The cost of ERP
9 March 2022
Inforlogic, looks at the cost of ERP and highlights why value, not investment, is the metric to focus on.
When it comes to ERP, all things are not created equal. Just as there is no one size fits all, there is no price that fits all. But by understanding the respective merits and value of all aspects of a solution, it’s easier to pinpoint the right one within a price range which is appropriate for your particular organisation.
ERP costs can vary immensely, but are influenced specifically by a number of factors to include:
Not only do lots of additional features increase cost, they can also increase risk by impacting the system’s ability to scale.
While more licences = more cost, the emergence of cloud can mitigate this burden by offering different models, therefore it is important to explore all options.
There’s no escaping the fact that data centres are costly, so it’s important to consider their merits versus a hosted model where up front hardware costs are absorbed by the provider.
While training is expensive, by its very nature, it’s important. The good news is that systems are becoming increasingly intuitive, reducing reliance on skills and training, and in turn minimising risk.
Ensuring the right functionality for your specific business is arguably the most important aspect of ERP. You can’t manufacture a drone if your processes are designed to process pigs for example. Investment in this area is crucial as the smooth running of your business lives or dies by it.
While cloud clearly wins when it comes to TCO, and on-premise ERP typically commands the higher costs as a result of the associated hardware and licencing, it isn’t always cost effective to rip out on-premise and replace with a cloud platform. Often, spending time working with a partner to unlock functionality and add certain capabilities can be more cost effective, in the short term at least.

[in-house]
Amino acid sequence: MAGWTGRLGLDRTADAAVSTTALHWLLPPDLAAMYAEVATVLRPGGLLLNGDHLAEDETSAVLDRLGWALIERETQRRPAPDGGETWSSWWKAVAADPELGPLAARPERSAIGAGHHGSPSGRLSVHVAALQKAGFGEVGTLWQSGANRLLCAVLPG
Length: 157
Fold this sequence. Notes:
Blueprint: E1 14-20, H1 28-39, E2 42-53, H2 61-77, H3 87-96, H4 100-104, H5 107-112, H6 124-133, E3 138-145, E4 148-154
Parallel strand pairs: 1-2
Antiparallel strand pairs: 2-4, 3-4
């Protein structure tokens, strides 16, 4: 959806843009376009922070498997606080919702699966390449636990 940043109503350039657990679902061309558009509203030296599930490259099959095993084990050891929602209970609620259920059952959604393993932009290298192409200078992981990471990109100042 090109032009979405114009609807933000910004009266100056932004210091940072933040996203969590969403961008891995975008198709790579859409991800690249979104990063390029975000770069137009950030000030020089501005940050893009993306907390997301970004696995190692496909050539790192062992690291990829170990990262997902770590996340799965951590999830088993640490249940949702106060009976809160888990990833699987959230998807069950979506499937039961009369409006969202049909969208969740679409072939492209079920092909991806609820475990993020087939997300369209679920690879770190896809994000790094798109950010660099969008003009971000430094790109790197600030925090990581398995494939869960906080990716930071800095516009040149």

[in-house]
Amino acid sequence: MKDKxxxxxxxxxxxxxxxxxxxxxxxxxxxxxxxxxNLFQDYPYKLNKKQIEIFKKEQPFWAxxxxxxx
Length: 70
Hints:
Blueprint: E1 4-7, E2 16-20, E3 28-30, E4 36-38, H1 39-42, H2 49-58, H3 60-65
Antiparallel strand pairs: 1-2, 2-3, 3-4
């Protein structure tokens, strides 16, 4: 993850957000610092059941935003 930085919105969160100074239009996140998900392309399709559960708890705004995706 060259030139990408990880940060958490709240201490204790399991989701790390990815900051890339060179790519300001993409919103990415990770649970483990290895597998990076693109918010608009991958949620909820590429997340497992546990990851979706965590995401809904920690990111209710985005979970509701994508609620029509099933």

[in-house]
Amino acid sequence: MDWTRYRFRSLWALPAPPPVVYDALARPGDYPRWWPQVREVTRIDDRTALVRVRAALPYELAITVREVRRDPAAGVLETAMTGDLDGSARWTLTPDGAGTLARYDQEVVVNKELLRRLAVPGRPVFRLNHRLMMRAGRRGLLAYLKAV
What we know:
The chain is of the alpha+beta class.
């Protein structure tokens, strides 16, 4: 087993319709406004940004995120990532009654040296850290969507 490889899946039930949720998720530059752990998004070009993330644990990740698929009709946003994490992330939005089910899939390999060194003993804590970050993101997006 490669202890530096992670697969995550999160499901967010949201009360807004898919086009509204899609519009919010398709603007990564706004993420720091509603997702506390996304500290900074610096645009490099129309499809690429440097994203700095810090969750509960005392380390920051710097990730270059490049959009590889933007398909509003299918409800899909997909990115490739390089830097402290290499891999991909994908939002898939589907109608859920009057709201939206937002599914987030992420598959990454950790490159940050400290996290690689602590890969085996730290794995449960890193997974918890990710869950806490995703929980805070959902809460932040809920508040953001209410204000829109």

Crucially, the way in which systems are paid for varies substantially also. Once, high up-front investment in hardware and a perpetual licence was the only way to access the capabilities necessary. Now, greater flexibility means that a whole host of options prevail, from platform-as-a-service, and software-as-a-service to multi-tenant cloud which is consumed as a service.
When it comes to the true cost of ERP, perhaps a better question to ask is around value. In the same way that it is wasteful to invest in a minibus to drive one person to an office twice a week, it’s important to ensure that you’re paying only for the capabilities and functionality that you need.
Of course, it’s important to have an eye on the future, as needs can change, but buying a system which is all things to all people on a grand scale is pointless if you are, say, a traditional bakery with plans to expand into the gluten free market, or a bike manufacturer looking to launch a range of products for agriculture.
As the old adage goes, you get what you pay for, and technology is no exception. While ERP, by its very nature, is hugely valuable, therefore comes at a cost, modern platforms promise a much more predictable and proportionate investment than those of previous generations.
Flexibility is key, and through working with a specialist partner who understands both the software industry and market sector you operate within, the pricing models and options can be fully explored to find once which delivers the greatest value at the most reasonable investment point.
By honing specific requirements, and creating a robust business case with dedicated value and benefits, the cost of ERP not only becomes proportionate, but can be viewed by the business as a value add rather than a cost centre.
For more information on Inforlogic or the costs of ERP for your business, get in touch or call the team on 01606 720499.